2005 IT:  IBM Hardware Revival (Nov 2005);  Tap Dance Lifts EDS Stock (Nov 2005);  Big Blue Thinks Small Is Big (Oct 2005);  Global Investments: Yin-Yang Pacific Tsunamis (Oct 2005); IBM: Springboard Quarter (Oct 2005); Top Wall St Firms Bump Up Investments  (Oct 2005); Accenture: A Whopper Quarter  (Oct 2005);  Global Investments: New "Drang Nach Osten" (Sep 2005);  HP: Sweet Turnaround (Aug 2005);  Dell Spooks Street (Aug 2005);  EDS Ups Its Forecast (Aug 2005);  Capgemini Beats Forecast (July 2005);  Fujitsu: Losses Reversed; Forecast Upgraded (July 2005);  IBM: Polaris Eclipses T-Rex (July 2005);   IBM Bounces Back (July 2005); Accenture: Smashing Records (July 2005); Merrill's New Bull (EDS) (May 2005);  IBM Trumps Trump (May 2005);  Tweaking Big Blue (May 2005); Hurd's First RBI (May 2005); Dell Rings the Bell (May 2005); Stock Buybacks: The Phantom Is Back (May 2005); EDS Misfiring on All Cylinders (May 2005);  HP Surges, Dell Slumps; Lenovo Completes IBM Deal (May 2005);  Fujitsu Revenues Flat, Lower Net (Apr 2005); Capgemini Jettisons Healthcare in N.A. (Apr 2005); HP: From India to Poland (Apr 2005); IBM: Slammed and Dunked (Apr 2005); Hurd Advice: Up Mount Market Cap (Apr 2005); Accenture: Roaring Ahead (Apr 2005);  Fujitsu Unveils New Servers (Mar 2005);  EDS Executive Suite; HP's New CEO (Mar 2005);  An iSeries Revival (Mar 2005); EDS Booster Club Fees Rise (Mar 2005);  An Upside-Down View (Mar 2005);   The Worst of Both Worlds (Mar 2005);  Octathlon 2005: Accenture Wins (Mar 2005);  IBM Global Services: Smaller, Shorter - Better? (Mar 2005);  IBM 5-yr Forecast: Quality over Quantity (Mar 2005); Rumor Lifts EDS', Fujitsu's Shares (Mar 2005); Capgemini: Turning the Corner (Feb 2005);  IBM Servers to Grow Again (Feb 2005);  Carly's Fickle Fans (Feb 2005);  CSC: Gearing Down on Purpose (Feb 2005);  EDS: Grossly Overpriced Stock (Feb 2005);  IBM Historical Update: 2004 Shot in the Arm (Feb 2005); New HeadTurners Series #1 (Feb 2005); IBM: A Crescendo Finale! (Jan 2005); Accenture: Strong Finish, Better Start (Jan 2005); Annex Coverage 2004: IT Services Dominate (Jan 2005)

2004 IT: EDS: The Titanium Stock (and other Wall Street tales) (Dec 2004); IBM PC: Good Riddance (Dec 2004); Fujitsu: Recovery Continues (Nov 2004);  IBM Server Renaissance (Nov 2004);  HP Hits Home Run (Nov 2004); Capgemini: Revenue, Stock Soars (Nov 2004); EDS: Jordan's Swan Song? (Nov 2004);  To Russia with Love and $ (Oct 2004); IBM: Slow Quarter No Longer (Oct 2004); Accenture: Revenues, Profits Up, Stock Down (Oct 2004); Capgemini: A Takeover Target? (Oct 2004); Sellout of America (Oct 2004); Spy Wars (Sep 2004); Outsourcing Boomerang (Sep 2004); EDS to Cut Up to 20,000 More Jobs (Sep 2004); Capgemini Stock Plummets on Unexpected Loss (Sep 2004); HP Savaged by Wall Street (Aug 2004); Moody's Lowers the Boon on EDS (July 2004); HP: Delivering Value Horizontally (June 2004); Accenture: Revving Up a Notch (June 2004); Beware Your CFO! (May 2004)IBM: Changing of the Guard (May 2004); Capgemini: Texas-size Home Run (May 2004); Following the Money (May 2004);  EDS: On a Wink and a Prayer (Apr 2004); HPS Wins by a Nose! (Octathlon 2004); Accenture: Burning the Track (Mar 2004);  IGS: "Crown Jewel" Restored? (Mar 2004); HP: Still No Cigar (Feb 2004); Cap Gemini: Another, Smaller Loss (Feb 2004); CSC: Good Quarter Gets Boos (Feb 2004); EDS: "Hot Air Jordan" Flaunts Flop as Feat (Feb 2004); IT Industry: Whither Goeth It? (Jan 2004); Cronyism Is Alive and Well at EDS" (Jan 2004)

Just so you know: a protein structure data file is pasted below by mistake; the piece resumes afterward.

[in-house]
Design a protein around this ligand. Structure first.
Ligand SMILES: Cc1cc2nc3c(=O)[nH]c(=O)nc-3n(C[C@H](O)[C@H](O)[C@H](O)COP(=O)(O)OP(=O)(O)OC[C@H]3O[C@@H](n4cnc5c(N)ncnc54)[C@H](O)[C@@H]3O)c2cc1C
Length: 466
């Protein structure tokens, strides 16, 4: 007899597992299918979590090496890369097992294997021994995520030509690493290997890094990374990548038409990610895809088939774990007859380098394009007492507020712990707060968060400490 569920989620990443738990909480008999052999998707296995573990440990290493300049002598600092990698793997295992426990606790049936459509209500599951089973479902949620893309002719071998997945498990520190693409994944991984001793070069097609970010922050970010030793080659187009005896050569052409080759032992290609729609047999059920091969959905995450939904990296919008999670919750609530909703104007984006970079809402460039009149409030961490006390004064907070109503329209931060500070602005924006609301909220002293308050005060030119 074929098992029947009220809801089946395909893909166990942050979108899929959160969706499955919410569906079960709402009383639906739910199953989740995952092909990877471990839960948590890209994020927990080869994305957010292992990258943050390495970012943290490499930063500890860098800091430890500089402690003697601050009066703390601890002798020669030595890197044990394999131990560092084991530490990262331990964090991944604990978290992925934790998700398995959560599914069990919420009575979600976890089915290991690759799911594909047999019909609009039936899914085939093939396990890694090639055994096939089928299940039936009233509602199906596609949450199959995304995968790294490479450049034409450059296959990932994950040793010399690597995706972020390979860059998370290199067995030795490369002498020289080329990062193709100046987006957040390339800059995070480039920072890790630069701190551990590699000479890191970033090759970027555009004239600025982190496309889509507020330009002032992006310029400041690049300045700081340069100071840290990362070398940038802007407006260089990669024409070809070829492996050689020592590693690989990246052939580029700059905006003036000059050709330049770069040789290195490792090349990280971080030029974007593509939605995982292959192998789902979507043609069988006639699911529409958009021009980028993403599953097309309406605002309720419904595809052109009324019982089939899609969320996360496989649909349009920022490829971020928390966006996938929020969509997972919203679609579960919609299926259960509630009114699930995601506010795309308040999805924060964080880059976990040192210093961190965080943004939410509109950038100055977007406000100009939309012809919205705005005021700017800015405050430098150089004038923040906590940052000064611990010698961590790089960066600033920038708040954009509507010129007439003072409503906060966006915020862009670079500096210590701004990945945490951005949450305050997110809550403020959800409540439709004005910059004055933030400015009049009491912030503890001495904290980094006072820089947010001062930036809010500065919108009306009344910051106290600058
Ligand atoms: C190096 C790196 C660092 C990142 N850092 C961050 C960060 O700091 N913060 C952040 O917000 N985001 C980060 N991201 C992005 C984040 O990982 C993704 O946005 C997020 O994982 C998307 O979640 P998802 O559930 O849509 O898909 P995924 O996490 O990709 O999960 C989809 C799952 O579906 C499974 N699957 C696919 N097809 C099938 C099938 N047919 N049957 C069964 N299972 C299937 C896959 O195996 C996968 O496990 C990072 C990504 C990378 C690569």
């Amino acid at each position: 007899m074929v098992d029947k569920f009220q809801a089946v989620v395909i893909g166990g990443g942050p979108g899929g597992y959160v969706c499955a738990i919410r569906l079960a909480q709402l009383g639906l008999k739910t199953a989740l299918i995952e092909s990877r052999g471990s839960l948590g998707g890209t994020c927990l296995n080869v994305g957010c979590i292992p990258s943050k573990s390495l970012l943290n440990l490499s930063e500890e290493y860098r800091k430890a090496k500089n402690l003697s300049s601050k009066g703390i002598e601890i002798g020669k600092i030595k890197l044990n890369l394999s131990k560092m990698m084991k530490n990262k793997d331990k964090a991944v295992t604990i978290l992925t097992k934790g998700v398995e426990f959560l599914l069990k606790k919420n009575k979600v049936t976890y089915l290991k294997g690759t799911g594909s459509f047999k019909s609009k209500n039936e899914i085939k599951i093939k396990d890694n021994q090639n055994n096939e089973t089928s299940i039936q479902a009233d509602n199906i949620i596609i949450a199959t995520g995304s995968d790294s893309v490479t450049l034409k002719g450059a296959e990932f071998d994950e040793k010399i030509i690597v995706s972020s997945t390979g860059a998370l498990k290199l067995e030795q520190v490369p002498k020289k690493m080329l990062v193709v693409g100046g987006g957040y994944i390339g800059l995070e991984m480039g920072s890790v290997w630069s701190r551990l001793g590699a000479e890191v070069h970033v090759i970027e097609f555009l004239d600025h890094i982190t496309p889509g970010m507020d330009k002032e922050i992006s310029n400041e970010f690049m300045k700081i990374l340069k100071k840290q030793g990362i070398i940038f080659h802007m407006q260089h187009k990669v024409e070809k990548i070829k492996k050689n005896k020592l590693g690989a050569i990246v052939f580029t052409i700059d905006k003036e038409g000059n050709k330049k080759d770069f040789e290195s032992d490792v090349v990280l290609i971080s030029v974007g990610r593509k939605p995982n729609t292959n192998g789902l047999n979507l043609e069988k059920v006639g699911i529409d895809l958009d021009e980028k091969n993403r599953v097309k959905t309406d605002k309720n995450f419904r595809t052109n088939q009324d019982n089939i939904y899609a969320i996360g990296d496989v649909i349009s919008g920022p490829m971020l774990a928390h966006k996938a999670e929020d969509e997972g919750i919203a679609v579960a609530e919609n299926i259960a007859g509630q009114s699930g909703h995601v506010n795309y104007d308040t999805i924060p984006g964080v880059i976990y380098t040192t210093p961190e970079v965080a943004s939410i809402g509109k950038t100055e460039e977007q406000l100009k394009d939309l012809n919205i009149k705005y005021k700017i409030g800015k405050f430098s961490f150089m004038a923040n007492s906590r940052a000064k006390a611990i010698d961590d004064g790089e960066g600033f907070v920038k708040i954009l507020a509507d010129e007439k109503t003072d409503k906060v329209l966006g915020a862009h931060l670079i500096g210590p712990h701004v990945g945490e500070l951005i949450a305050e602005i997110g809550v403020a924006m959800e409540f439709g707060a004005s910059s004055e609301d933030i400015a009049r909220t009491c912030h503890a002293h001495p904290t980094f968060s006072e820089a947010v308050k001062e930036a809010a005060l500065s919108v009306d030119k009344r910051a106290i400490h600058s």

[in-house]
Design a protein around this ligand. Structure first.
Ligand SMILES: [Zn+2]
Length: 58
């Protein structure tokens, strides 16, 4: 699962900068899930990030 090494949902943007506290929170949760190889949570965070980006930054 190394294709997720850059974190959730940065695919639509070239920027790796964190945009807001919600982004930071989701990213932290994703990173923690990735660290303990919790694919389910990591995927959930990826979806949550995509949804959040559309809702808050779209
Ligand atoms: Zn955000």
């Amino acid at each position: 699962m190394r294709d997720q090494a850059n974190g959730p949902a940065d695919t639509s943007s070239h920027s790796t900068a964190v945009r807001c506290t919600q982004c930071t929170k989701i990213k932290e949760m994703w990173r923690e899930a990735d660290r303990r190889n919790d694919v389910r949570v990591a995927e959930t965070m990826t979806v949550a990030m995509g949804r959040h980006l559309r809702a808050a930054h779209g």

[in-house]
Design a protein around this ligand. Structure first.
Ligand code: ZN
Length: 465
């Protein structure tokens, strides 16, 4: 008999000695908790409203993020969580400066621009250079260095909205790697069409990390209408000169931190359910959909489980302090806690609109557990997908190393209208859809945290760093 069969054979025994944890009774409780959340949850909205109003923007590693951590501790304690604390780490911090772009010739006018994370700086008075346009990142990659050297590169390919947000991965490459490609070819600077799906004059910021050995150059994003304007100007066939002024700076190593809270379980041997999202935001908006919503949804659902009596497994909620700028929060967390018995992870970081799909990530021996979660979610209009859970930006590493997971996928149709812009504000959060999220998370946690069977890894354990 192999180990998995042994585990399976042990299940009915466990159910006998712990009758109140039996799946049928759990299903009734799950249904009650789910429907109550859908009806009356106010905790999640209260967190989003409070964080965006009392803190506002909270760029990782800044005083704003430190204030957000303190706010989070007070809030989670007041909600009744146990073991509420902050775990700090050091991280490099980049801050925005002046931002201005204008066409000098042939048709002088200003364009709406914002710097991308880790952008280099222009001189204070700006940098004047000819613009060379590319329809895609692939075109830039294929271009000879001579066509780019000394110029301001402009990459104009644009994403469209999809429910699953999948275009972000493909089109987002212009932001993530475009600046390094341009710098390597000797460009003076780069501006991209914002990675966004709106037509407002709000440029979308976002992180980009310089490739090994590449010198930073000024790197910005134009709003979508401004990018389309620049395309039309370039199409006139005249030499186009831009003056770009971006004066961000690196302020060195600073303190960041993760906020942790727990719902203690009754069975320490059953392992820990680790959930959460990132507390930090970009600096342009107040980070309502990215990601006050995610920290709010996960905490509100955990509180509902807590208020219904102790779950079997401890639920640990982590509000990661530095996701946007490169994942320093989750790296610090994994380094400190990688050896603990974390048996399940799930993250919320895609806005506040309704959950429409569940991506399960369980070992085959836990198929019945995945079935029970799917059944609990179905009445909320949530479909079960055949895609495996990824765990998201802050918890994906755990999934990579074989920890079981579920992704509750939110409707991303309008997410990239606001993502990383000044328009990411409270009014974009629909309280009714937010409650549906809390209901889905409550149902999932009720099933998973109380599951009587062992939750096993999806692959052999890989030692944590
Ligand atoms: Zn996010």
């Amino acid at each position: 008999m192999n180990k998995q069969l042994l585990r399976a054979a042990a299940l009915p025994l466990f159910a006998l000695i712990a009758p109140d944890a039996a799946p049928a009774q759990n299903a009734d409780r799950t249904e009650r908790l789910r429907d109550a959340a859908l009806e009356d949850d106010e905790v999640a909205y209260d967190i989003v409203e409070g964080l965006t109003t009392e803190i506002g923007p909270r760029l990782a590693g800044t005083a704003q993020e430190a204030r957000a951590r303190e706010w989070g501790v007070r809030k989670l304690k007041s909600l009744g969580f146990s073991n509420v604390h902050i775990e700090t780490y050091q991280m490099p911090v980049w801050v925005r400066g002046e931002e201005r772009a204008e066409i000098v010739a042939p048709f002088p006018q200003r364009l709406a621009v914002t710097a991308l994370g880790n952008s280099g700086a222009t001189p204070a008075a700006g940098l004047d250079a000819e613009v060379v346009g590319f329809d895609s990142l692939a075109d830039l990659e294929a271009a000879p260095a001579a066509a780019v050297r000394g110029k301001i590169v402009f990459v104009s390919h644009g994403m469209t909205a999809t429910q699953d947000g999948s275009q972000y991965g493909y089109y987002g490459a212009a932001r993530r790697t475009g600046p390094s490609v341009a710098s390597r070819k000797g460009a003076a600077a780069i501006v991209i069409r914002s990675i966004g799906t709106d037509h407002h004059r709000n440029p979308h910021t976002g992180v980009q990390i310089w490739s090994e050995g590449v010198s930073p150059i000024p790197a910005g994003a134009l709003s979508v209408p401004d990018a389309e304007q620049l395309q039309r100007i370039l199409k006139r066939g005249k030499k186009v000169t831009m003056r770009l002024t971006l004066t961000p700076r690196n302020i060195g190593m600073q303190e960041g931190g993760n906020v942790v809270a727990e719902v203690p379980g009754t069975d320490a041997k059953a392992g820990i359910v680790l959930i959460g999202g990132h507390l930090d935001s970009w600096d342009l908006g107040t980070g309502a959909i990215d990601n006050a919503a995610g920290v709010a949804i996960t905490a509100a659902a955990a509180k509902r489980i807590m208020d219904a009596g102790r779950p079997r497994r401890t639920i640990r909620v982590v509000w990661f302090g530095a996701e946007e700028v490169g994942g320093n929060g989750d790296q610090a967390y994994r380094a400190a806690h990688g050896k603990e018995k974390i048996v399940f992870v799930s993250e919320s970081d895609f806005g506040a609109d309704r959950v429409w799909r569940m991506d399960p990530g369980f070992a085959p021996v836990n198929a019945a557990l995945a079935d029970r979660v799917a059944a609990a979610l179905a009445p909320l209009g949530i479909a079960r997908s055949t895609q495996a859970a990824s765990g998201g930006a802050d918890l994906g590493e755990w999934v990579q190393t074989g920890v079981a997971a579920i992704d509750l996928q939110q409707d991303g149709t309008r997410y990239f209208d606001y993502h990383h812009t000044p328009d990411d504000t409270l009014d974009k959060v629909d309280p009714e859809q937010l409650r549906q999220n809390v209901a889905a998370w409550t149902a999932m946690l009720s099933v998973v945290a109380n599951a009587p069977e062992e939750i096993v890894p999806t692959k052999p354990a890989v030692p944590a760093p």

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Volume XXI, Annex Bulletin 2005-20
November 15, 2005

Bob Djurdjevic, Editor
(c) Copyright 2005 by Annex Research, Inc. All rights reserved.